The presentation discusses the vulnerabilities found in the firmware of the Titan M chip and the potential for improvement in fuzzing techniques.
- The Titan M chip is based on ARM Cortex M3 and has been hardened against physical attacks.
- The firmware of the chip is not encrypted or obfuscated, making it easy for researchers to reverse engineer it.
- The chip communicates with the rest of the world via UART and SPI buses.
- The firmware has two sections, A and B, that have to do with the A/B update mechanism.
- The Titan M chip has an operating system based on EC, which is fully open source and written in C.
- The presentation discusses the vulnerabilities found in the firmware and the potential for improvement in fuzzing techniques.
- The presentation suggests building a picture of what happens after a command by parsing the UART log or response to the command.
- The presentation also suggests adopting an emulation-based solution to improve coverage.
- The presentation concludes by stating that the fuzzing approach is giving new and interesting results, but there is room for improvement.
The presentation discusses how the read primitive was used to inspect the memory around the code that was crashing and how this helped identify two bugs that were still present in the latest version of the femur. By using the read primitive, the researchers were able to see that the structure was not initialized when the code was reaching it, which allowed them to report the bugs. However, Google considered the bugs not severe enough to end up in the bulletin.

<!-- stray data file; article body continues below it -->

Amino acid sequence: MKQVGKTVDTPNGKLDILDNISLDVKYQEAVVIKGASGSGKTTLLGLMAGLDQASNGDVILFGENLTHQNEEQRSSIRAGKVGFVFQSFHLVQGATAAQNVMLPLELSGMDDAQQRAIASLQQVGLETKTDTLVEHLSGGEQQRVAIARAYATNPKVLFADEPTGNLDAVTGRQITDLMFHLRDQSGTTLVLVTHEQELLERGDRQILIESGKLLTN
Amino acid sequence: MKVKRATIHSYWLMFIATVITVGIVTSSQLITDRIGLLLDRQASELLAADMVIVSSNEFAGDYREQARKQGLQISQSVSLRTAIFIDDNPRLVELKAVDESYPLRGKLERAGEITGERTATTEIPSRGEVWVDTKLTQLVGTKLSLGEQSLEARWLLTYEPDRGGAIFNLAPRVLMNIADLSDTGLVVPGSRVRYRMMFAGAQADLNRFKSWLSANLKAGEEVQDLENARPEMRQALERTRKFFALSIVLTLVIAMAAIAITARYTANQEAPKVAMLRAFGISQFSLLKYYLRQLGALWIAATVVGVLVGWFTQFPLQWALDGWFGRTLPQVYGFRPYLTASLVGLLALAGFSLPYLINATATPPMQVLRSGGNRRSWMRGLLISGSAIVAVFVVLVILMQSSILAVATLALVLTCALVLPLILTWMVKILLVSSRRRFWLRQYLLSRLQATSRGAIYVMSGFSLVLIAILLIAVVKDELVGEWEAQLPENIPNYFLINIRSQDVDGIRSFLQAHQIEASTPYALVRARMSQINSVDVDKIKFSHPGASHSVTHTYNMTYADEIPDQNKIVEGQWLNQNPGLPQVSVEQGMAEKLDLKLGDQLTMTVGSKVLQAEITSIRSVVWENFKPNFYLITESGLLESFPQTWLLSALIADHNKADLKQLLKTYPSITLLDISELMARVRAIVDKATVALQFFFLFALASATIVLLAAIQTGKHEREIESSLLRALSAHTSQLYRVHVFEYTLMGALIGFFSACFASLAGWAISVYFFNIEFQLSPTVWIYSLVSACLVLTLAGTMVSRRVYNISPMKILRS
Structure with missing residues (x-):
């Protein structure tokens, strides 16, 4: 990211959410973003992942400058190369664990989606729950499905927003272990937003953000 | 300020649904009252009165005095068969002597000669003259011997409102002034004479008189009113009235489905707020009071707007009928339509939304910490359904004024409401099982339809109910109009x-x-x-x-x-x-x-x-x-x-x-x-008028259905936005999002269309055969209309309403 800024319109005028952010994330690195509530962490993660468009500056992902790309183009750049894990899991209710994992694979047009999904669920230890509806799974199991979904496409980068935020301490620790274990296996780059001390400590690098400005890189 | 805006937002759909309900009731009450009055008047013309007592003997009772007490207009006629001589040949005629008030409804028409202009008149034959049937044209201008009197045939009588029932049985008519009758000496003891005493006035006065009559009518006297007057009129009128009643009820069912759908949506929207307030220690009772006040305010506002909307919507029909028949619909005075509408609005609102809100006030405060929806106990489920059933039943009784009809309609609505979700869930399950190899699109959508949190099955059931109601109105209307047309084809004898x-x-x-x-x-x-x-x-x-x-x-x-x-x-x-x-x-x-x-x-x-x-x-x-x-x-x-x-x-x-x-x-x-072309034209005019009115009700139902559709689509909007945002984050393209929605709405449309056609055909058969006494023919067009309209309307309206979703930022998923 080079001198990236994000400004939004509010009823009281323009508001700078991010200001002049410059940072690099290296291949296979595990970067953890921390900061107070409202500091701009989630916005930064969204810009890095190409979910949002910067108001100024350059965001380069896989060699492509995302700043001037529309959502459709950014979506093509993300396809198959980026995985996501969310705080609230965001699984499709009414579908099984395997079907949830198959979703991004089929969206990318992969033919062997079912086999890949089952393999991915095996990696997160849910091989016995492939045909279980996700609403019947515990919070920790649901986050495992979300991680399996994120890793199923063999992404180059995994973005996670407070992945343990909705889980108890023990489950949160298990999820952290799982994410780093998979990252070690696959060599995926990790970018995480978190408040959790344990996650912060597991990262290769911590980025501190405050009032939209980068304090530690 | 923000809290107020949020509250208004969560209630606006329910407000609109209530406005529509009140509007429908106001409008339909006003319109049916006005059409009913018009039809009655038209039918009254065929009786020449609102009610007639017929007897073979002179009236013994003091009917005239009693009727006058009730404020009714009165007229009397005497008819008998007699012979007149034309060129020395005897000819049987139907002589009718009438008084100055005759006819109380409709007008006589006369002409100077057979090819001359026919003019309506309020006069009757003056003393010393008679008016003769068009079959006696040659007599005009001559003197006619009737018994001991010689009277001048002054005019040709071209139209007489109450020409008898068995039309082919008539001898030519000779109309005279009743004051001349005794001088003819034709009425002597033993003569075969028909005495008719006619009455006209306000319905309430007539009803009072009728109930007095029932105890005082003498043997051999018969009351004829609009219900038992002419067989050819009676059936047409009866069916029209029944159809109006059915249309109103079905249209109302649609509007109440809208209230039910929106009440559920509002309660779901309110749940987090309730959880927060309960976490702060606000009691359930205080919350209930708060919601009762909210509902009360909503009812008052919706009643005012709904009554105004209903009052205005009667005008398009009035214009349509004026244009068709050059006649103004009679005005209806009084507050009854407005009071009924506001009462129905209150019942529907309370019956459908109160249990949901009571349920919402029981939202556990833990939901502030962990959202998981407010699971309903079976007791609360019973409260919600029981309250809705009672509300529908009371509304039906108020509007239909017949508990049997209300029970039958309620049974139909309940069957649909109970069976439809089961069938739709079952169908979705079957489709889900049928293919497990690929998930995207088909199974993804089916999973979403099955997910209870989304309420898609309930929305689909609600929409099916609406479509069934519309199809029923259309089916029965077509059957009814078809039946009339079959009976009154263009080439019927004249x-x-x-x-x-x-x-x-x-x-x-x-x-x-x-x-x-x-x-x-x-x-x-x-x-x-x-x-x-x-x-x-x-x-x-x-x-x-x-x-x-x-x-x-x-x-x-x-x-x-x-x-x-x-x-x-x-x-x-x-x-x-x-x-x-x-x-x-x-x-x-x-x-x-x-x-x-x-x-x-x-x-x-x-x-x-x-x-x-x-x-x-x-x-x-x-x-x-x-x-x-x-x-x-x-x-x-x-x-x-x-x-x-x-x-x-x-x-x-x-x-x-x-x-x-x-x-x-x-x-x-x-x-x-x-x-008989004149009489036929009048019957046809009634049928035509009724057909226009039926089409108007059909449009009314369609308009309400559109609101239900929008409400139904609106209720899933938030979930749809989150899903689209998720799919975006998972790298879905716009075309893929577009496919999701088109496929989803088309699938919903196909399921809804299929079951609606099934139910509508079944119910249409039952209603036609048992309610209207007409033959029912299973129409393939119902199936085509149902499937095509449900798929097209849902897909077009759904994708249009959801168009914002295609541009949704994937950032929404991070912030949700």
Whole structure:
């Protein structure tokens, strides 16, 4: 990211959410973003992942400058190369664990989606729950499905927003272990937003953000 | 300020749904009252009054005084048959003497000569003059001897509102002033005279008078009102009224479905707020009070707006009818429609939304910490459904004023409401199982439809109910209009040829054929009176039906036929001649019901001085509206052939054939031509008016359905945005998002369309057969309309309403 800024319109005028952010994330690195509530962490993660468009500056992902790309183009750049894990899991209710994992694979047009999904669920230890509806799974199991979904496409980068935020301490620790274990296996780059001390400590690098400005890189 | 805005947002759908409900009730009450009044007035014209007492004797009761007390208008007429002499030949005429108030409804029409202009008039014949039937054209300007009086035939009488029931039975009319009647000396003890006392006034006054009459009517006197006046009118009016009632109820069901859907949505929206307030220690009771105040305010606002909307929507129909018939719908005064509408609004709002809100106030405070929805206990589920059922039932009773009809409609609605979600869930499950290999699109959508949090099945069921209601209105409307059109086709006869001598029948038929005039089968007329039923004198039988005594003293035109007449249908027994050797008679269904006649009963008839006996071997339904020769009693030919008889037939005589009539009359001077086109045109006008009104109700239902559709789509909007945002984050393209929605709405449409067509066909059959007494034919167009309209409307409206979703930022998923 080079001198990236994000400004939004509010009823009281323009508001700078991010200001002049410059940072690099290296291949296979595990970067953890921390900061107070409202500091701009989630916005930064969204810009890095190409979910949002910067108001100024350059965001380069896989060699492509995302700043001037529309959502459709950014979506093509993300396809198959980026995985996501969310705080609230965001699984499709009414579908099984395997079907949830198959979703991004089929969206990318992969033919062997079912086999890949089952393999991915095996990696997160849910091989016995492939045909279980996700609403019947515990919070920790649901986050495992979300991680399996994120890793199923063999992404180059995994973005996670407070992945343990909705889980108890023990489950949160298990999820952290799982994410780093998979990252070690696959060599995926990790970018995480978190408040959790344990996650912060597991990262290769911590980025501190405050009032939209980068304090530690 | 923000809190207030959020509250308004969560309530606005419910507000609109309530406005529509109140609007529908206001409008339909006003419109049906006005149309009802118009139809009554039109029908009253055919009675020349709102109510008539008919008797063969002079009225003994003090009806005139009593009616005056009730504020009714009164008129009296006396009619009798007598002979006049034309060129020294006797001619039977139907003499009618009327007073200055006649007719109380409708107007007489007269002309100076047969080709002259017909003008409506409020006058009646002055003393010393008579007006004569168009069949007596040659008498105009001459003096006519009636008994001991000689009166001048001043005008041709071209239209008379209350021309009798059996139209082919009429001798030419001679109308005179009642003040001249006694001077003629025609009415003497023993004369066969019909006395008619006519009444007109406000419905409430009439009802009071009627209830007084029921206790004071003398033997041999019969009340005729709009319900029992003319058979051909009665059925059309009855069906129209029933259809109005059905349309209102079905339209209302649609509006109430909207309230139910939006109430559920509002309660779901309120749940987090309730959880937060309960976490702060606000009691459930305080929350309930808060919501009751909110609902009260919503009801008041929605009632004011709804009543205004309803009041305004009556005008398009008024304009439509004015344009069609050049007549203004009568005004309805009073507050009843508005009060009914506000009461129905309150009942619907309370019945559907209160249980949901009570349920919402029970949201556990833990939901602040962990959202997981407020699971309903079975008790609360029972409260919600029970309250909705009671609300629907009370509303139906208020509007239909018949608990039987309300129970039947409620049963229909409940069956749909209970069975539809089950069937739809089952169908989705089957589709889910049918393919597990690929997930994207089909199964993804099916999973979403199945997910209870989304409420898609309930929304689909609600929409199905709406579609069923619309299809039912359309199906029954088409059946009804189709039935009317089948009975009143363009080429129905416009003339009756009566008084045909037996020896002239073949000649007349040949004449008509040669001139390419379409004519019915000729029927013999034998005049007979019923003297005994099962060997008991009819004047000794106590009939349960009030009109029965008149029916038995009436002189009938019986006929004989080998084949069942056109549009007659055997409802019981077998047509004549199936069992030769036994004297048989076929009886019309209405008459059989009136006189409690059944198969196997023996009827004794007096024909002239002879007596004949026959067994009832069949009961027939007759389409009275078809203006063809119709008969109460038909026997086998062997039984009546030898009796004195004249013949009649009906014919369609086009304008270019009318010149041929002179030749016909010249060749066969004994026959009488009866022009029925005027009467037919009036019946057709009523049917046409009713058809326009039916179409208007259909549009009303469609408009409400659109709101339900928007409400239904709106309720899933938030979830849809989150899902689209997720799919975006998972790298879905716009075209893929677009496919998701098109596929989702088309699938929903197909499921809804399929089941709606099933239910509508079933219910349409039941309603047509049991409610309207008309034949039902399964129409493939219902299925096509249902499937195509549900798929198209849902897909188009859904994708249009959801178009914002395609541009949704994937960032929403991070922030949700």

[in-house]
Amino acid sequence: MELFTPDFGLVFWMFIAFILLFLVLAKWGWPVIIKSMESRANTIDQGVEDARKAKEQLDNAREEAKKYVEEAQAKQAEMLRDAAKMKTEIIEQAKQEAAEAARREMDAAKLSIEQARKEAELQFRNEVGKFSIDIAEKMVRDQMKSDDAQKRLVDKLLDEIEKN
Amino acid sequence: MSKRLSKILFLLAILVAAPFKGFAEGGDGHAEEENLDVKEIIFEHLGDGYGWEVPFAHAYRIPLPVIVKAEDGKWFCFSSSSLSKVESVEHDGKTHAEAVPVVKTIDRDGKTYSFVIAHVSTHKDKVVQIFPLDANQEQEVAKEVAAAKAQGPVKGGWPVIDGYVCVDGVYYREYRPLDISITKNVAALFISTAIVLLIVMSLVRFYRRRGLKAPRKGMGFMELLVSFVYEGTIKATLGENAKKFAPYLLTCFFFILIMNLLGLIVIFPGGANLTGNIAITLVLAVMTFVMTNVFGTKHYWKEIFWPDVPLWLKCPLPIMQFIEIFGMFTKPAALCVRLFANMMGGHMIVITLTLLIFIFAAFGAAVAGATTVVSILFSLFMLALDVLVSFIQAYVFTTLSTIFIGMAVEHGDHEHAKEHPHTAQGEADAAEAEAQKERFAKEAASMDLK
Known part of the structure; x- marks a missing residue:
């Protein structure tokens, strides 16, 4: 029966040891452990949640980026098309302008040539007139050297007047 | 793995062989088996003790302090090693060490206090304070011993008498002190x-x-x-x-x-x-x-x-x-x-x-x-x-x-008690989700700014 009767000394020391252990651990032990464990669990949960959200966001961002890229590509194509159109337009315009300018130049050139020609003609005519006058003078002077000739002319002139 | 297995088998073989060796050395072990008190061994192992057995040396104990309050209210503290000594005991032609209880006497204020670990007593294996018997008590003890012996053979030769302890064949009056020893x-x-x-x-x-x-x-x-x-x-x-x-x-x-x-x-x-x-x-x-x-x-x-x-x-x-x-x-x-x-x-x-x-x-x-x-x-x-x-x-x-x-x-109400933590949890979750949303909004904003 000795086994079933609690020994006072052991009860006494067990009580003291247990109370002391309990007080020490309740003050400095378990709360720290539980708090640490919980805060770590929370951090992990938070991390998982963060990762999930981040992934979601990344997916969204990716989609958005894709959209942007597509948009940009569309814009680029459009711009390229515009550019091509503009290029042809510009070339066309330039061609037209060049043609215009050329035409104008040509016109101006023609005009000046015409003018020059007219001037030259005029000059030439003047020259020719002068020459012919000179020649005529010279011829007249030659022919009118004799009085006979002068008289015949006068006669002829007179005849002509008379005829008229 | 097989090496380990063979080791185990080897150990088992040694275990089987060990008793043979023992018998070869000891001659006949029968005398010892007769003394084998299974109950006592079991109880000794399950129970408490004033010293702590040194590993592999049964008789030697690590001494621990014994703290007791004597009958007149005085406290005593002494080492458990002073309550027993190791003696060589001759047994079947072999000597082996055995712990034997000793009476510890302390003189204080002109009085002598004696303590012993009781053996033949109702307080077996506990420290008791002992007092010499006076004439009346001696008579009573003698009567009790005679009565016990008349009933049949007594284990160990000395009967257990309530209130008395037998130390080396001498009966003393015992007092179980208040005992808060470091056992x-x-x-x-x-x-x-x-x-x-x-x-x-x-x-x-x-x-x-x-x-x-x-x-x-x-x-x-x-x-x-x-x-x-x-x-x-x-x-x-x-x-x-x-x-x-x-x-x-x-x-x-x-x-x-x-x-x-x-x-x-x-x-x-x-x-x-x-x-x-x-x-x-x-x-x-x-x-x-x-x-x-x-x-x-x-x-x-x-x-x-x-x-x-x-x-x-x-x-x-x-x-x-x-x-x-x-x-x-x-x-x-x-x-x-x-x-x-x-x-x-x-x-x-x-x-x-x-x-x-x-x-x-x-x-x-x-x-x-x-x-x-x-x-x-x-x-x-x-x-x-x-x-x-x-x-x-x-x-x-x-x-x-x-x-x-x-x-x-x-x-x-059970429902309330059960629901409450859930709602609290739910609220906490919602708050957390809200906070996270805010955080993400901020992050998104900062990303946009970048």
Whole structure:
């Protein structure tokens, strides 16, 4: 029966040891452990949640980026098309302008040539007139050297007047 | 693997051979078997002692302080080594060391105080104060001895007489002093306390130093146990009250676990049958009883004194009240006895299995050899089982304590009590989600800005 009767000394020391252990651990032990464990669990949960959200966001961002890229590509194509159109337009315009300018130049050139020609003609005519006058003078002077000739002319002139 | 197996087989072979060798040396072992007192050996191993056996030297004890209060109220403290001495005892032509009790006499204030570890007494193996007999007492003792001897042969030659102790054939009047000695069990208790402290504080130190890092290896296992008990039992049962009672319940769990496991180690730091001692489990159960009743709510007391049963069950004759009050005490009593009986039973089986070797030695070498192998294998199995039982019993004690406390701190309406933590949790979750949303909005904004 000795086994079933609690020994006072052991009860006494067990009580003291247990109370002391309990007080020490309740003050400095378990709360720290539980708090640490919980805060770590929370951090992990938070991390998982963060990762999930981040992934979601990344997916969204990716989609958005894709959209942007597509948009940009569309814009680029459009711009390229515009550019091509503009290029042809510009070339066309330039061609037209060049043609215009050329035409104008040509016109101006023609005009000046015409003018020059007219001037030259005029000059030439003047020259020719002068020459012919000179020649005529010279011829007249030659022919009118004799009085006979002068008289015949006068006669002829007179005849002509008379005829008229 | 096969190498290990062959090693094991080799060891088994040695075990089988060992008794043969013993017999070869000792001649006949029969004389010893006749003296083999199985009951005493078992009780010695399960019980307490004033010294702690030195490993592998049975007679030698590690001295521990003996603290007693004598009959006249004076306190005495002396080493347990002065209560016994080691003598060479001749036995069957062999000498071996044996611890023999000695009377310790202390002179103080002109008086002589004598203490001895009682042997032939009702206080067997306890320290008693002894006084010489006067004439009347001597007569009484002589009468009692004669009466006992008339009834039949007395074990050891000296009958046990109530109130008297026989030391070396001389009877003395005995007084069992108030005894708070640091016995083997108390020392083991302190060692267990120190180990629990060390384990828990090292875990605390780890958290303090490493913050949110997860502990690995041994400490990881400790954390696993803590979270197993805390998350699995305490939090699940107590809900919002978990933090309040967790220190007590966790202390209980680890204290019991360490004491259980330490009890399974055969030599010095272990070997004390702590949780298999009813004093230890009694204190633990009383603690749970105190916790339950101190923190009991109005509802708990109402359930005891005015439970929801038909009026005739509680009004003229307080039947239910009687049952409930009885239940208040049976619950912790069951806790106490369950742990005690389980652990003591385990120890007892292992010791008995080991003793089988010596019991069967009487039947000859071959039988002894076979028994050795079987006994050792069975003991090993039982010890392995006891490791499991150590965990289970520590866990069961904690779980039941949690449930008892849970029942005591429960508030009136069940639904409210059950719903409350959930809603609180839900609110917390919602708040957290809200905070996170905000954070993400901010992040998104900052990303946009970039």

In the past years, most of the Android devices were relying on ARM Trustzone for critical security features.In 2018, with the release of the Pixel 3, Google introduced the Titan M chip, a hardware security module used to enhance the device security by reducing its attack surface, mitigating classes of hardware-level exploits such as Rowhammer or Spectre, and providing several security sensitive functions, such as a Keystore backend called StrongBox, Android Verified Boot (or AVB) and others. It has been now almost three years since this announcement and yet very little information about it is available online.In this presentation, we will deep dive into the Titan M's internals and usages. Our goal is to give an understanding of its attack surface as well as its role in some critical security features such as the StrongBox/Keymaster. We will provide some details on how we performed our research from the reverse engineering of the firmware to the physical sniffing of the communication and fuzz testing. We discovered some known and previously unknown vulnerabilities which, among others, allowed us to execute code on the chip and helped us to solve some of the remaining mysteries behind this chip.